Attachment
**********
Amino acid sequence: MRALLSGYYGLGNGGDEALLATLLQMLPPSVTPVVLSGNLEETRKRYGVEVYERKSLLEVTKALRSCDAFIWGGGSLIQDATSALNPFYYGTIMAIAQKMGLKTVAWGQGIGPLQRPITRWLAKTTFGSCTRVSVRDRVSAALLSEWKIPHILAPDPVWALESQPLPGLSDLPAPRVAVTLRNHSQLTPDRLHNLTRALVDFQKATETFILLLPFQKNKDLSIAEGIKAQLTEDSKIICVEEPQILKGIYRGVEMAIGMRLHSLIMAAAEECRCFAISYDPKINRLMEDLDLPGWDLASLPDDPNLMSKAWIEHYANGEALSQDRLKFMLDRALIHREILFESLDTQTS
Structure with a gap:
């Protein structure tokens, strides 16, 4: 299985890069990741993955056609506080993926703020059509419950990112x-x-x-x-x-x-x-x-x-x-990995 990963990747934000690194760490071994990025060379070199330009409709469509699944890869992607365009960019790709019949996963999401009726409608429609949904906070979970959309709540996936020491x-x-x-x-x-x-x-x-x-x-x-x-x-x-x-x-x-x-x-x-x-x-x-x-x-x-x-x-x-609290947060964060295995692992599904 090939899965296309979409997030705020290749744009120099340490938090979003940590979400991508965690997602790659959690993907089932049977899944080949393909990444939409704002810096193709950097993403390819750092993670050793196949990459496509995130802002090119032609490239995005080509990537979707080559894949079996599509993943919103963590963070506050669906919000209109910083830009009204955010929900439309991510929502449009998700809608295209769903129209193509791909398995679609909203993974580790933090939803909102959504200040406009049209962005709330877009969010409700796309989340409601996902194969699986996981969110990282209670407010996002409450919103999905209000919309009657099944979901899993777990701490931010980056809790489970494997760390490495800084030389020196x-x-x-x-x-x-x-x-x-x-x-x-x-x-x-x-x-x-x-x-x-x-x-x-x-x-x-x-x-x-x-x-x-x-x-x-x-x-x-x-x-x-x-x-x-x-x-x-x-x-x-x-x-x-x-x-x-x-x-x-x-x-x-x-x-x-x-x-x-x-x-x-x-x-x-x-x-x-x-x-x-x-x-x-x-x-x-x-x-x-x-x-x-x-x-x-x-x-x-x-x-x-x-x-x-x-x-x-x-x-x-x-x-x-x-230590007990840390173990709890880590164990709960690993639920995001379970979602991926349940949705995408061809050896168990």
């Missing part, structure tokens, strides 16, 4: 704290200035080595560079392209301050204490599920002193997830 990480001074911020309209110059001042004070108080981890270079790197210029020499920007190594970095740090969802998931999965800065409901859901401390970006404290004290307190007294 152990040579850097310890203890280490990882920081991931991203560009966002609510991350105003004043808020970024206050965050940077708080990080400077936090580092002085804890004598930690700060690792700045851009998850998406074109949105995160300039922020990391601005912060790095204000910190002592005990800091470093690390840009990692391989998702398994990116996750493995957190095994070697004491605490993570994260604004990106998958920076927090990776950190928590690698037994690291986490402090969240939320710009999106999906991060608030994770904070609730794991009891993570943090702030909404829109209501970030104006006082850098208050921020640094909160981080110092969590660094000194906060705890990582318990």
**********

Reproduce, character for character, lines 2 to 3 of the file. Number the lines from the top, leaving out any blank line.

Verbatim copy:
Structure with a gap:
């Protein structure tokens, strides 16, 4: 299985890069990741993955056609506080993926703020059509419950990112x-x-x-x-x-x-x-x-x-x-990995 990963990747934000690194760490071994990025060379070199330009409709469509699944890869992607365009960019790709019949996963999401009726409608429609949904906070979970959309709540996936020491x-x-x-x-x-x-x-x-x-x-x-x-x-x-x-x-x-x-x-x-x-x-x-x-x-x-x-x-x-609290947060964060295995692992599904 090939899965296309979409997030705020290749744009120099340490938090979003940590979400991508965690997602790659959690993907089932049977899944080949393909990444939409704002810096193709950097993403390819750092993670050793196949990459496509995130802002090119032609490239995005080509990537979707080559894949079996599509993943919103963590963070506050669906919000209109910083830009009204955010929900439309991510929502449009998700809608295209769903129209193509791909398995679609909203993974580790933090939803909102959504200040406009049209962005709330877009969010409700796309989340409601996902194969699986996981969110990282209670407010996002409450919103999905209000919309009657099944979901899993777990701490931010980056809790489970494997760390490495800084030389020196x-x-x-x-x-x-x-x-x-x-x-x-x-x-x-x-x-x-x-x-x-x-x-x-x-x-x-x-x-x-x-x-x-x-x-x-x-x-x-x-x-x-x-x-x-x-x-x-x-x-x-x-x-x-x-x-x-x-x-x-x-x-x-x-x-x-x-x-x-x-x-x-x-x-x-x-x-x-x-x-x-x-x-x-x-x-x-x-x-x-x-x-x-x-x-x-x-x-x-x-x-x-x-x-x-x-x-x-x-x-x-x-x-x-x-230590007990840390173990709890880590164990709960690993639920995001379970979602991926349940949705995408061809050896168990």